It seems like constantly we are reminded that CFDs are risky instruments not suitable for the ‘average’ price investor. This time we present to you a paper titled ‘Contracts for Dummies? The Performance of Investors in Contracts for Difference’.
CFDs are an important innovation in the design of futures contracts and their adoption by private investors has fuelled significant growth in the derivatives market and has also generated some controversy, but to-date there have been no detailed academic studies examining CFD markets. In 2007, the Australian Securities Exchange (ASX) introduced exchange-traded CFDs on individual stocks and other financial instruments.
Lee, Adrian D. a Post Doctoral Fellow and honours student Choy, Shan both from the University of Technology (Sydney) examined the performance of investors who utilised ASX-listed stock contracts for difference to see if we are being taken for a ride. The two scholars used the S&P/ASX 200 Accumulation Index as a performance measure to compare traders’ performance on long (i.e. buy) trades in relation to short (i.e. sell) trades and reached a conclusion that individual CFD trades net modest but ‘statistically significant’ positive returns over daily trade horizons (daily price against closing price and next day’s closing) and lose on average when holding positions from one week to one year.
The research is hypothetical, in that trades held for weekly, monthly, half-yearly and yearly periods are assumed based on the available data. Having said that, the better returns were noticed over the two shortest holding timeframes. The findings show that inclusive of the bid-off spread but before other costs such as financing fees, investor CFD buys outperformed sell CFDs by 5.85 basis points per day over a one day holding period, with no statistically significant performance for longer holder periods of up to one year. Investors who continue holding positions to extended periods are unlikely to come ahead because of the financing costs. A fee is charged for holding CFD positions overnight (typically RBA cash rate + 1.5%) which can add up in the long term. Sellers on the other hand earn interest at the cash rate – 1.5%.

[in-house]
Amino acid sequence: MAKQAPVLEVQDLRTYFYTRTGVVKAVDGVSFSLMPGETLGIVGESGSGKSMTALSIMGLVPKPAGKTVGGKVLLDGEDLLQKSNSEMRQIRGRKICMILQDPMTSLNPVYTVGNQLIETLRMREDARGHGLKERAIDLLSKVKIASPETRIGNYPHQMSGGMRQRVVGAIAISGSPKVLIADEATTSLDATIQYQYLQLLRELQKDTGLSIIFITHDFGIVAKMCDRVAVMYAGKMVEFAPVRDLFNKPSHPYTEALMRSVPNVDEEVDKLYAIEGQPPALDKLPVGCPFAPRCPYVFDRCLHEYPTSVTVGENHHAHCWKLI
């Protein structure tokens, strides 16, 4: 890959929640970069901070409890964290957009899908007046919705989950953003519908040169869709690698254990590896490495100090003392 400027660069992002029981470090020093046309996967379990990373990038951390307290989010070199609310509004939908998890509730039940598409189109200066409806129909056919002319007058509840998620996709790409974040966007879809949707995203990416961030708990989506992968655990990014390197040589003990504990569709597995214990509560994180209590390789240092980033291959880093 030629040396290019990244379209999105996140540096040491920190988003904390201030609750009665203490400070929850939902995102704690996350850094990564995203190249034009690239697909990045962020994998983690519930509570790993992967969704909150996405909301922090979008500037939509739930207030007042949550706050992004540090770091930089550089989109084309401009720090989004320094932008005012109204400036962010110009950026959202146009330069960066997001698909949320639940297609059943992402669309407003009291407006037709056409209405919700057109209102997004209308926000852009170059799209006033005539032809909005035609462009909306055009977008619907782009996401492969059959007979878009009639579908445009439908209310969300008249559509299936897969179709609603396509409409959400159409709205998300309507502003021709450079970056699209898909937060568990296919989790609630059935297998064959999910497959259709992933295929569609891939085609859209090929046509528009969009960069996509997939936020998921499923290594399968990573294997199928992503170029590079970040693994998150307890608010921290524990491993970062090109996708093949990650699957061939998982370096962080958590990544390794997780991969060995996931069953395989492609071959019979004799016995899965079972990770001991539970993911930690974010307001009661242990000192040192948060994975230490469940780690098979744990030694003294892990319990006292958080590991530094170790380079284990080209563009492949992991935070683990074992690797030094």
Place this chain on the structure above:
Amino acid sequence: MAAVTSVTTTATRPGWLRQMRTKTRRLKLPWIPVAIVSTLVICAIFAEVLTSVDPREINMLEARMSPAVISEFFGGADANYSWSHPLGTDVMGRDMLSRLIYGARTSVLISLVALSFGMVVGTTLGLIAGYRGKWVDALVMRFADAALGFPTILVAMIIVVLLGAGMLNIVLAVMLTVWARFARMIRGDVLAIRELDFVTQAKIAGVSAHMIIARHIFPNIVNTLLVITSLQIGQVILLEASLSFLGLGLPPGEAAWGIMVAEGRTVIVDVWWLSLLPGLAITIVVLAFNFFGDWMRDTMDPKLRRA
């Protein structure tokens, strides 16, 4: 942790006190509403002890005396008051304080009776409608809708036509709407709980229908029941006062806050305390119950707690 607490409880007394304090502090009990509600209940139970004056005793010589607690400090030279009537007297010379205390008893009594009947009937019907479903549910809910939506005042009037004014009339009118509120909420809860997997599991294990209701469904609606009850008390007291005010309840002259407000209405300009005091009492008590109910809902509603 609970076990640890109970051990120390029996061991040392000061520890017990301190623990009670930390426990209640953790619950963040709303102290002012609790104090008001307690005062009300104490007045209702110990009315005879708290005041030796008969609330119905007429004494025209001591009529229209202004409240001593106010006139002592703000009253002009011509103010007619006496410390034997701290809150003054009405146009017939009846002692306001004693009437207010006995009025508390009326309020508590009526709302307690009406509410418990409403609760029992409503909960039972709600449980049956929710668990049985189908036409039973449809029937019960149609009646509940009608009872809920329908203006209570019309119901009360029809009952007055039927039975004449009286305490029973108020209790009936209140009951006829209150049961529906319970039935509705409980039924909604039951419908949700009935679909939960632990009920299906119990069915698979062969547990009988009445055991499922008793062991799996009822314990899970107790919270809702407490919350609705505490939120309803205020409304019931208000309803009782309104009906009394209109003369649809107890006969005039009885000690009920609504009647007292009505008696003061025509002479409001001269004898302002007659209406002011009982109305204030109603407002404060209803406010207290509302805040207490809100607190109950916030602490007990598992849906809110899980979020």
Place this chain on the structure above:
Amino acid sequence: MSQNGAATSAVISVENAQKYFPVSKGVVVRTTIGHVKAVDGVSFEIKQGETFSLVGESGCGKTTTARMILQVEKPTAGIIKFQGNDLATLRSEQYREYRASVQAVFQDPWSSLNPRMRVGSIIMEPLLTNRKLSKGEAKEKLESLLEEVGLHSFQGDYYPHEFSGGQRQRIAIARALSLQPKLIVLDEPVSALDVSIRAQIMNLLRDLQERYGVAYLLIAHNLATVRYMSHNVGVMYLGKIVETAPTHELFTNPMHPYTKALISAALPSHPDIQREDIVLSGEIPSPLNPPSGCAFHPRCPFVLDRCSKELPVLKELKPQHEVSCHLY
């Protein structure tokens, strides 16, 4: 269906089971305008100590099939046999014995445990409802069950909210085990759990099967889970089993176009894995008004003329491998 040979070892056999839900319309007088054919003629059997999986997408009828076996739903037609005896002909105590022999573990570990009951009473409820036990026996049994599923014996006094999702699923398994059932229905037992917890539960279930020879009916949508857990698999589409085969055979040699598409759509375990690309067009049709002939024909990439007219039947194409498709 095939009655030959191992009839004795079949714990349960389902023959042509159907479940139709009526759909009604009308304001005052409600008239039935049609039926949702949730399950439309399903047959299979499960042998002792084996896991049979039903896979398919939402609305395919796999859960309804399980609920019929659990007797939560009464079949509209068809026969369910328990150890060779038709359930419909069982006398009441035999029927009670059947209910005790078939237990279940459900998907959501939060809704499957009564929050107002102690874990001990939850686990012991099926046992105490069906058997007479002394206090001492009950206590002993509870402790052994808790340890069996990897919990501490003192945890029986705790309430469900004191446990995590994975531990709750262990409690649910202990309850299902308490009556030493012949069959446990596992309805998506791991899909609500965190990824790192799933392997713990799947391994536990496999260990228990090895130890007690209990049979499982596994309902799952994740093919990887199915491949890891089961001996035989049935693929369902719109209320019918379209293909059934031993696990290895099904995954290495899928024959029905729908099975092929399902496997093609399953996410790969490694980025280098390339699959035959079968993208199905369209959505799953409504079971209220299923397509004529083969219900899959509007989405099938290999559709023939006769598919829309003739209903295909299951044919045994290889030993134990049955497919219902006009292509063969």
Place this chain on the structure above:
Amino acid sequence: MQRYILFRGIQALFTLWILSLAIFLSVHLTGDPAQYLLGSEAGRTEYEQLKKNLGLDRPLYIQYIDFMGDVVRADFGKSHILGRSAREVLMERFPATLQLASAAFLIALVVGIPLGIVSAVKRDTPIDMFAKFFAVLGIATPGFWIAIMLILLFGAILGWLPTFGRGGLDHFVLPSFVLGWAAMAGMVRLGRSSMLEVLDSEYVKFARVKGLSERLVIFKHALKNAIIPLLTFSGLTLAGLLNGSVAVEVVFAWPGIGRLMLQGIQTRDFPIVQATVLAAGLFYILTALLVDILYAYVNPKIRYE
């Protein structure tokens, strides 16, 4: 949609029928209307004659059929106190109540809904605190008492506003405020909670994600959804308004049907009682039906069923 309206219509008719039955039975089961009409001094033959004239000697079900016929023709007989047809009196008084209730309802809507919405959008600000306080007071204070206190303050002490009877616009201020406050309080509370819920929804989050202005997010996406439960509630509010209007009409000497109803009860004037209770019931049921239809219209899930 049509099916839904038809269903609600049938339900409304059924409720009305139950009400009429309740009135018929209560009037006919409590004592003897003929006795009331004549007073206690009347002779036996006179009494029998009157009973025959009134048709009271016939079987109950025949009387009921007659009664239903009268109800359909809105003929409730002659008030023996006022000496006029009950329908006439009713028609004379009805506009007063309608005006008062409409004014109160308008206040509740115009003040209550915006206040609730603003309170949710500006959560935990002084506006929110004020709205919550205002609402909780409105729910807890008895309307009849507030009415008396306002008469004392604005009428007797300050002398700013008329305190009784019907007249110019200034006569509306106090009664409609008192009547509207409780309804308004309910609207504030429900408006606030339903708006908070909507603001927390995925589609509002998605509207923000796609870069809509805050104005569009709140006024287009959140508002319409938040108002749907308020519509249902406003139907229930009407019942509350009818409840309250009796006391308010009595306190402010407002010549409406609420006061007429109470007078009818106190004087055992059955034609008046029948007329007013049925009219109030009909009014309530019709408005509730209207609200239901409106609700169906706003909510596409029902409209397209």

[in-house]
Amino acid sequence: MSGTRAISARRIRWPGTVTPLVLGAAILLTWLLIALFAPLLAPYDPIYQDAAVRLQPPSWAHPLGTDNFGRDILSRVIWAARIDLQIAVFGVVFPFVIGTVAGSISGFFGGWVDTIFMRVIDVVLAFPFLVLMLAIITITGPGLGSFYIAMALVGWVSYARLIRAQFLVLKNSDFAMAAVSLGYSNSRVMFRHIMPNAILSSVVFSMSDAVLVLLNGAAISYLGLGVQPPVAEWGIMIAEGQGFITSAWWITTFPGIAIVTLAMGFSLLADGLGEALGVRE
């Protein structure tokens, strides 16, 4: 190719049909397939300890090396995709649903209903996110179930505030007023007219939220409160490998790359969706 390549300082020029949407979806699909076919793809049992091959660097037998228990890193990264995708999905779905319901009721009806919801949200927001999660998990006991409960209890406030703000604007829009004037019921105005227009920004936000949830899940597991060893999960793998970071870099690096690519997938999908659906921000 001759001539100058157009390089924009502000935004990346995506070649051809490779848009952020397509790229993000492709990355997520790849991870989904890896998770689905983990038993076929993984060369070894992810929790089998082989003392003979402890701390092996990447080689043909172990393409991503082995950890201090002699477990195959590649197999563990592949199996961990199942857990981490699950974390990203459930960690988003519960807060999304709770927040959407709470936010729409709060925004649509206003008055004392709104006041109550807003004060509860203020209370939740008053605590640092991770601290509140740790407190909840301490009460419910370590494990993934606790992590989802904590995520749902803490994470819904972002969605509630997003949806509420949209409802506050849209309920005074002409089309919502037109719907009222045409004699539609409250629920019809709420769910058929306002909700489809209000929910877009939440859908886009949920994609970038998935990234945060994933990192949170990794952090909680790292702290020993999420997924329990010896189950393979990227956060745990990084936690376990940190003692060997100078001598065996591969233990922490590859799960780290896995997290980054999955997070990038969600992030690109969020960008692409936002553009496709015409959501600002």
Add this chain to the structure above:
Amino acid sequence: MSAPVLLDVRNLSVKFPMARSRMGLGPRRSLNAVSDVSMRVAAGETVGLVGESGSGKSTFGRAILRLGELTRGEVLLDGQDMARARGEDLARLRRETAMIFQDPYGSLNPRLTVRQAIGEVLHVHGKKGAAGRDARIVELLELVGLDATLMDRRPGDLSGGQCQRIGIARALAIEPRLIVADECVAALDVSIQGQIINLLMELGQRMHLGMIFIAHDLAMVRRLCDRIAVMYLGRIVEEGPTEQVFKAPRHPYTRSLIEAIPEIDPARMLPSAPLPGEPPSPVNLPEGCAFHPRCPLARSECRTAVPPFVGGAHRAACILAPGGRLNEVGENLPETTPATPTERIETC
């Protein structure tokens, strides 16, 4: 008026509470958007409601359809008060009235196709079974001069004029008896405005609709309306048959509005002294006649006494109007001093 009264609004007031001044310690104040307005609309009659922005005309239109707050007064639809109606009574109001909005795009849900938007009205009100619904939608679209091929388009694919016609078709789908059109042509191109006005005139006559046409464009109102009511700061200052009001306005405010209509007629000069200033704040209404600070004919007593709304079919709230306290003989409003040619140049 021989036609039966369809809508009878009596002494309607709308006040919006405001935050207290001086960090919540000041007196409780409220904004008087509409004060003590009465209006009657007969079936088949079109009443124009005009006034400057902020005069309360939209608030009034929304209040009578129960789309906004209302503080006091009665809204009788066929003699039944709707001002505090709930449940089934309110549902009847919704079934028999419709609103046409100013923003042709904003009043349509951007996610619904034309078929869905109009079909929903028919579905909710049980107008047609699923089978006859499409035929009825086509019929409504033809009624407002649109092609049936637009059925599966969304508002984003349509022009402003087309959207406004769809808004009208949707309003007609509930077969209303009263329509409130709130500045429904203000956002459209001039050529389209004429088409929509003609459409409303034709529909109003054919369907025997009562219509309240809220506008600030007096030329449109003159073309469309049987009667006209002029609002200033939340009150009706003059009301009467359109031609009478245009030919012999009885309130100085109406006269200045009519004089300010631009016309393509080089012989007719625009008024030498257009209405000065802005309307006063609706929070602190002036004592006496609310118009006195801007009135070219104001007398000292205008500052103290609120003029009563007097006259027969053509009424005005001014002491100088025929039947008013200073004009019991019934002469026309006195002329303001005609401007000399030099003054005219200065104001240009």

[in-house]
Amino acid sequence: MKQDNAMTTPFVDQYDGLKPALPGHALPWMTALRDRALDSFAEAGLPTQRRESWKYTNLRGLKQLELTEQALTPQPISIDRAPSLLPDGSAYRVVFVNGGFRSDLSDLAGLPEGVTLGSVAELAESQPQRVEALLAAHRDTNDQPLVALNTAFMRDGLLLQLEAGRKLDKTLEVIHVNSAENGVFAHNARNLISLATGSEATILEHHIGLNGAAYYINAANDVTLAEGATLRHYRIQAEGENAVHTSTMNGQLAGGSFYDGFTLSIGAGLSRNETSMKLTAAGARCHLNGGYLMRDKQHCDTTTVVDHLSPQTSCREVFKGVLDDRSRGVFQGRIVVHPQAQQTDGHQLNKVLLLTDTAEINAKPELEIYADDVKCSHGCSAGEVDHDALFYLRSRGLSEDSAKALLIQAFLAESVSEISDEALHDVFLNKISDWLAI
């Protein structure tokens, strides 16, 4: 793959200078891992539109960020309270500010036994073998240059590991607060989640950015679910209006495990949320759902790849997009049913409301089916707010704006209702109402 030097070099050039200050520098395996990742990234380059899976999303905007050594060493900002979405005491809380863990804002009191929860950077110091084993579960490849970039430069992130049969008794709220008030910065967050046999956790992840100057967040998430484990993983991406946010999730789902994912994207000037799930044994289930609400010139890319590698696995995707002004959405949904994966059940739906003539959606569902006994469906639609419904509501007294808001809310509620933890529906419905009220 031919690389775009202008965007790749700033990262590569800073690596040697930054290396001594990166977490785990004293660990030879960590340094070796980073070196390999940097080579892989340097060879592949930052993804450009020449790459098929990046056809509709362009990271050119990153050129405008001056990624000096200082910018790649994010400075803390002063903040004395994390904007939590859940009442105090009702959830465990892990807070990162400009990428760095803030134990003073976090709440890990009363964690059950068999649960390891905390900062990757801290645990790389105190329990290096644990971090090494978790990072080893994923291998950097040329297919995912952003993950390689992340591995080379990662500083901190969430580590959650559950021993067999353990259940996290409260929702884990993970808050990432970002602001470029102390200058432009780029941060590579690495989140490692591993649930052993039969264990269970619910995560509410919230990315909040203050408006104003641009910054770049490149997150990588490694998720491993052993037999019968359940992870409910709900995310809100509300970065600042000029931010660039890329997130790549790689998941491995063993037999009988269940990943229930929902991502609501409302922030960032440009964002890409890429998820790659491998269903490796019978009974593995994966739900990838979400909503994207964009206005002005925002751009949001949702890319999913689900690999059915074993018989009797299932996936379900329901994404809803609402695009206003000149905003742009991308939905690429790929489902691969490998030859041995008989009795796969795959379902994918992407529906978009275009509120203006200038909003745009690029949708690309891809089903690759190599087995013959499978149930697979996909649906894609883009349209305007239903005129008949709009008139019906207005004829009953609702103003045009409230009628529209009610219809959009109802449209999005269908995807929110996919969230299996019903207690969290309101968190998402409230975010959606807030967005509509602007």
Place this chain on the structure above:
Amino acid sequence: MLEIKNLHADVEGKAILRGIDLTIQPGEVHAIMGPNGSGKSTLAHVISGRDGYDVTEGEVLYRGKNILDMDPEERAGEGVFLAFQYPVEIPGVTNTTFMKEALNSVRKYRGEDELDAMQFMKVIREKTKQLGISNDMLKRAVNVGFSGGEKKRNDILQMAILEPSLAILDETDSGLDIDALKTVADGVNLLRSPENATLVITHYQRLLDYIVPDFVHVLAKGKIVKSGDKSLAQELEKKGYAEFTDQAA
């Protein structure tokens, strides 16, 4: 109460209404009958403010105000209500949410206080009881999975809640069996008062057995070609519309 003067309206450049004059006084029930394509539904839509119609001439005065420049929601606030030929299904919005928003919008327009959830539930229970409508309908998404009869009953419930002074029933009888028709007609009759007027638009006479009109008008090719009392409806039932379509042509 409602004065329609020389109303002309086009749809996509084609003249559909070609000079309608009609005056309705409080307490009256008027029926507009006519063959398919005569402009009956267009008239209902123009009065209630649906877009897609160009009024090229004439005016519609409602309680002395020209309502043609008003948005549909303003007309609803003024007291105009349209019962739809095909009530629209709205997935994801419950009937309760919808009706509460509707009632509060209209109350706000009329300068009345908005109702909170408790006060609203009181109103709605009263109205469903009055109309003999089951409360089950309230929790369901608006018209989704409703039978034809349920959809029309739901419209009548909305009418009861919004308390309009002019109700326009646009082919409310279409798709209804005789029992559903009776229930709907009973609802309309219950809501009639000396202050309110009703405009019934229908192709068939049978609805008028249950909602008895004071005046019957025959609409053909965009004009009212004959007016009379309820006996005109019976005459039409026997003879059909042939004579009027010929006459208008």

Good stock picking was also observed as investors in aggregate turned into shares with a high beta (which is a measure of a stock’s volatility) before the stock market rose, so as to beat the risk-free rate. If the scenario materialised, they would have demonstrated themselves to be good market forecasters.
The traders who took sizable positions ($20,000 to $50,000) experienced short-term outperformance suggesting that such traders are more likely to be sophisticated. The short-term outperformance was noted in both small (less than $10,000) and large trades ($20,000 or more) – even after financing fees.
The study also found out that ‘buy positions’ outnumbered ‘sell position’ by 2.47 basis points (0.0247 percentage points) per day (intraday) and by 6.10 basis points per day over a one-day holding period (measured against the next day’s return). The bid-offer spread for trading contracts for difference was an extra 3.46 basis points than when directly trading the underlying shares, the authors observed.
The report examined 270,584 trades spread over 71 exchange listed shares on the Australian exchange between Nov 2007 and Jun 2010. The Australian exchange nominates price makers to help boost liquidity to ASX-listed CFDs in periods where prices move away from the underlying share values. The paper admits that volume on the exchange is small compared to the wider market; the aggregate value of shares traded is almost 380 times greater than the value of ASX-listed CFDs over those shares. The number of deals traded on the Australian exchange is also a miniscule of the amounts traded in relation to its wider over-the-counter market rivals. CFD trade sizes average $21,734 versus $13,277 for conventional share dealing which is logical given that minimal execution fees and margins provide extra incentive to trade in larger size.
For the entire sample, the average CFDs trading volume is aggregately $7.8 million per day while trading on the underlying stocks is 382 times larger at almost $3 billion per day. Lee appears to conclude that traders who deal in CFDs traded on the Australian Securities Exchange don’t necessarily perform badly. ‘It’s a surprise finding that if you suspect retail traders using these ASX-listed CFDs are stupid, they’re not. Overall, they have slight trading ability on the day and the next day.’
There isn’t substantial research about private investors’ performance with derivatives trading although one European study by Bauer, Cosemans and Eichholtz noted that most investors lose money in options trading due to mainly poor timing and costs although the authors also suggest gambling and entertainment value as motivators.